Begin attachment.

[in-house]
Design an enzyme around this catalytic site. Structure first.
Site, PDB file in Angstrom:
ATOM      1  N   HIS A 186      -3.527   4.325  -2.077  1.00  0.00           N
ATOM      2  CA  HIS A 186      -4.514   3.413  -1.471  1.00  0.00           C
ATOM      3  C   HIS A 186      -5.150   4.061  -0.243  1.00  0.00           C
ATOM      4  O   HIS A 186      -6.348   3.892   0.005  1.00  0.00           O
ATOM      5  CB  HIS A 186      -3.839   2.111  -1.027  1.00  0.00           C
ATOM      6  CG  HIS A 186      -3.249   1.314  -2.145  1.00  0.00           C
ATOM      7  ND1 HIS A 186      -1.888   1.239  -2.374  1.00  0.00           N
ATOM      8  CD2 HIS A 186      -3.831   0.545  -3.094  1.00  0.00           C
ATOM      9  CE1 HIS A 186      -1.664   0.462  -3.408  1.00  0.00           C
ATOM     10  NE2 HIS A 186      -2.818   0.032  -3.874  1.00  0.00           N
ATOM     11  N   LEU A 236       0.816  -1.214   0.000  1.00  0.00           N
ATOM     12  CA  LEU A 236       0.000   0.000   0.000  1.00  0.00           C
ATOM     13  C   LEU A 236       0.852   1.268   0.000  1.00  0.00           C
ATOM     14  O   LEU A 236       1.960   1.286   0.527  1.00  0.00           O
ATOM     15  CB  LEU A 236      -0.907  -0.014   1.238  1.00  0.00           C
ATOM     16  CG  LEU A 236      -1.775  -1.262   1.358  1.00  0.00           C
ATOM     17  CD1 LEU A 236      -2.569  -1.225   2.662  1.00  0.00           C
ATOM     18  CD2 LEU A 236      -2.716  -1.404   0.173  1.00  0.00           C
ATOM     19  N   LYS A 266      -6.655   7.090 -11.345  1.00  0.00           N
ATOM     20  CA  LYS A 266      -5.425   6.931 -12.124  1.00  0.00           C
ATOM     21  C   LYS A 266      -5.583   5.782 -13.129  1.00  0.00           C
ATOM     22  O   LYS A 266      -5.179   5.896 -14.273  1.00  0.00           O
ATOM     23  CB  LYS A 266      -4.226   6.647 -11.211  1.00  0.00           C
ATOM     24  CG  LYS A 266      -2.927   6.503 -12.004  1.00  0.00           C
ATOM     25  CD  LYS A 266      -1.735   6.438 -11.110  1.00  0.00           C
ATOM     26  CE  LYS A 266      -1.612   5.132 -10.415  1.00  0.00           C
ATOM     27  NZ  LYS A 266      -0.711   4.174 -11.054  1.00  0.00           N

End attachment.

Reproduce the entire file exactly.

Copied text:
[in-house]
Design an enzyme around this catalytic site. Structure first.
Site, PDB file in Angstrom:
ATOM      1  N   HIS A 186      -3.527   4.325  -2.077  1.00  0.00           N
ATOM      2  CA  HIS A 186      -4.514   3.413  -1.471  1.00  0.00           C
ATOM      3  C   HIS A 186      -5.150   4.061  -0.243  1.00  0.00           C
ATOM      4  O   HIS A 186      -6.348   3.892   0.005  1.00  0.00           O
ATOM      5  CB  HIS A 186      -3.839   2.111  -1.027  1.00  0.00           C
ATOM      6  CG  HIS A 186      -3.249   1.314  -2.145  1.00  0.00           C
ATOM      7  ND1 HIS A 186      -1.888   1.239  -2.374  1.00  0.00           N
ATOM      8  CD2 HIS A 186      -3.831   0.545  -3.094  1.00  0.00           C
ATOM      9  CE1 HIS A 186      -1.664   0.462  -3.408  1.00  0.00           C
ATOM     10  NE2 HIS A 186      -2.818   0.032  -3.874  1.00  0.00           N
ATOM     11  N   LEU A 236       0.816  -1.214   0.000  1.00  0.00           N
ATOM     12  CA  LEU A 236       0.000   0.000   0.000  1.00  0.00           C
ATOM     13  C   LEU A 236       0.852   1.268   0.000  1.00  0.00           C
ATOM     14  O   LEU A 236       1.960   1.286   0.527  1.00  0.00           O
ATOM     15  CB  LEU A 236      -0.907  -0.014   1.238  1.00  0.00           C
ATOM     16  CG  LEU A 236      -1.775  -1.262   1.358  1.00  0.00           C
ATOM     17  CD1 LEU A 236      -2.569  -1.225   2.662  1.00  0.00           C
ATOM     18  CD2 LEU A 236      -2.716  -1.404   0.173  1.00  0.00           C
ATOM     19  N   LYS A 266      -6.655   7.090 -11.345  1.00  0.00           N
ATOM     20  CA  LYS A 266      -5.425   6.931 -12.124  1.00  0.00           C
ATOM     21  C   LYS A 266      -5.583   5.782 -13.129  1.00  0.00           C
ATOM     22  O   LYS A 266      -5.179   5.896 -14.273  1.00  0.00           O
ATOM     23  CB  LYS A 266      -4.226   6.647 -11.211  1.00  0.00           C
ATOM     24  CG  LYS A 266      -2.927   6.503 -12.004  1.00  0.00           C
ATOM     25  CD  LYS A 266      -1.735   6.438 -11.110  1.00  0.00           C
ATOM     26  CE  LYS A 266      -1.612   5.132 -10.415  1.00  0.00           C
ATOM     27  NZ  LYS A 266      -0.711   4.174 -11.054  1.00  0.00           N